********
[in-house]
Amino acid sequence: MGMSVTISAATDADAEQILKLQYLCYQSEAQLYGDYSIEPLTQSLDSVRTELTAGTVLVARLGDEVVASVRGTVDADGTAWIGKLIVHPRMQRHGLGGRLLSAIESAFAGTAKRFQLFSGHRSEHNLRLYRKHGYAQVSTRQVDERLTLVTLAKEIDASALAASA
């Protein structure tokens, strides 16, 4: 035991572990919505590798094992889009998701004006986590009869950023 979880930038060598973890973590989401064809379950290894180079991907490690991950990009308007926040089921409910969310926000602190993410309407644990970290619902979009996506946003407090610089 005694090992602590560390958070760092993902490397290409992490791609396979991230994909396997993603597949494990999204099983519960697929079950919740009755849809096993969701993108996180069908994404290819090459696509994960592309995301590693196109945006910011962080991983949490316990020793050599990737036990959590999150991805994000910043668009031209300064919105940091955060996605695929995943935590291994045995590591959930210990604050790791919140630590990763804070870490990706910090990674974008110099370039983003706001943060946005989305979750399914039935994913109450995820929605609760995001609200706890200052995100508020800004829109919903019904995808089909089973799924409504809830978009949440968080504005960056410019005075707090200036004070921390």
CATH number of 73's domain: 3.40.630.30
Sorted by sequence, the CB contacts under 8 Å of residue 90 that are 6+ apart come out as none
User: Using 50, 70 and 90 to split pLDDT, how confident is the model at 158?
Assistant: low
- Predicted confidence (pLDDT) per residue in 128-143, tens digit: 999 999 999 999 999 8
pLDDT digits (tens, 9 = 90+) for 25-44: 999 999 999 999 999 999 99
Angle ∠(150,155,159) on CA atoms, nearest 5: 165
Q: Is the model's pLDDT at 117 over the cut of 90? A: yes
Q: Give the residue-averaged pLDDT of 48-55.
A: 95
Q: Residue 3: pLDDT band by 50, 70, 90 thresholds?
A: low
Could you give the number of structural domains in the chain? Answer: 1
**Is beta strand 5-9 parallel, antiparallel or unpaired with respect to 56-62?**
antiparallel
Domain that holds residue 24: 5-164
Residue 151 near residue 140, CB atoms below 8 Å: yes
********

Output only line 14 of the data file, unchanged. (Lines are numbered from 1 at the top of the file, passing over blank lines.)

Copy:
Q: Residue 3: pLDDT band by 50, 70, 90 thresholds?